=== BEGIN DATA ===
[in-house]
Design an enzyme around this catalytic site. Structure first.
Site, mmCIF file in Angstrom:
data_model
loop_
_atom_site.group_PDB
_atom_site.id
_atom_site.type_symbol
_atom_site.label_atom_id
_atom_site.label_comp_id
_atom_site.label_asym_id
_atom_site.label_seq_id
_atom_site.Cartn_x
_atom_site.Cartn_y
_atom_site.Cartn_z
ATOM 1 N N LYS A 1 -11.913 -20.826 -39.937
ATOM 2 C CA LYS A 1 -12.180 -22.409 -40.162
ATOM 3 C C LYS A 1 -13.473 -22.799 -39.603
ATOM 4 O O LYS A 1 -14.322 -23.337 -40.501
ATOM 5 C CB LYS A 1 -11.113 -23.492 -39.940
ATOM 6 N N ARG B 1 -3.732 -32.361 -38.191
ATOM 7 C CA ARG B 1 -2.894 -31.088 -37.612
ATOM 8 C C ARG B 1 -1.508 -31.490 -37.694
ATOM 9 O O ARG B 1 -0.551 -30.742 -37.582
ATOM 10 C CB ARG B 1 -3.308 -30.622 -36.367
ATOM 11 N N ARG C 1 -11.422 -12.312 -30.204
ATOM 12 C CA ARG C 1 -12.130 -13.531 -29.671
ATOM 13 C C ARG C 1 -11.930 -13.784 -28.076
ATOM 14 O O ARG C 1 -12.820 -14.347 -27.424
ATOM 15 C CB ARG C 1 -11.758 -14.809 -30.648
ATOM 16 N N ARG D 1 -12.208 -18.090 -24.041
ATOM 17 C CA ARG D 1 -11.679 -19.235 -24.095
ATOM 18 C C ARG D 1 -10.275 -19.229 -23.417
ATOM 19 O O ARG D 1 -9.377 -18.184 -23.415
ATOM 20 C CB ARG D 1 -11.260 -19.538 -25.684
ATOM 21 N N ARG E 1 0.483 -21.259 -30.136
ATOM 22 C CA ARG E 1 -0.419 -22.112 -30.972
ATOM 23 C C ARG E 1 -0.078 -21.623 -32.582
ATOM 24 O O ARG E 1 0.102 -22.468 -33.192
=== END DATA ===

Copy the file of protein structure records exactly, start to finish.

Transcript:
[in-house]
Design an enzyme around this catalytic site. Structure first.
Site, mmCIF file in Angstrom:
data_model
loop_
_atom_site.group_PDB
_atom_site.id
_atom_site.type_symbol
_atom_site.label_atom_id
_atom_site.label_comp_id
_atom_site.label_asym_id
_atom_site.label_seq_id
_atom_site.Cartn_x
_atom_site.Cartn_y
_atom_site.Cartn_z
ATOM 1 N N LYS A 1 -11.913 -20.826 -39.937
ATOM 2 C CA LYS A 1 -12.180 -22.409 -40.162
ATOM 3 C C LYS A 1 -13.473 -22.799 -39.603
ATOM 4 O O LYS A 1 -14.322 -23.337 -40.501
ATOM 5 C CB LYS A 1 -11.113 -23.492 -39.940
ATOM 6 N N ARG B 1 -3.732 -32.361 -38.191
ATOM 7 C CA ARG B 1 -2.894 -31.088 -37.612
ATOM 8 C C ARG B 1 -1.508 -31.490 -37.694
ATOM 9 O O ARG B 1 -0.551 -30.742 -37.582
ATOM 10 C CB ARG B 1 -3.308 -30.622 -36.367
ATOM 11 N N ARG C 1 -11.422 -12.312 -30.204
ATOM 12 C CA ARG C 1 -12.130 -13.531 -29.671
ATOM 13 C C ARG C 1 -11.930 -13.784 -28.076
ATOM 14 O O ARG C 1 -12.820 -14.347 -27.424
ATOM 15 C CB ARG C 1 -11.758 -14.809 -30.648
ATOM 16 N N ARG D 1 -12.208 -18.090 -24.041
ATOM 17 C CA ARG D 1 -11.679 -19.235 -24.095
ATOM 18 C C ARG D 1 -10.275 -19.229 -23.417
ATOM 19 O O ARG D 1 -9.377 -18.184 -23.415
ATOM 20 C CB ARG D 1 -11.260 -19.538 -25.684
ATOM 21 N N ARG E 1 0.483 -21.259 -30.136
ATOM 22 C CA ARG E 1 -0.419 -22.112 -30.972
ATOM 23 C C ARG E 1 -0.078 -21.623 -32.582
ATOM 24 O O ARG E 1 0.102 -22.468 -33.192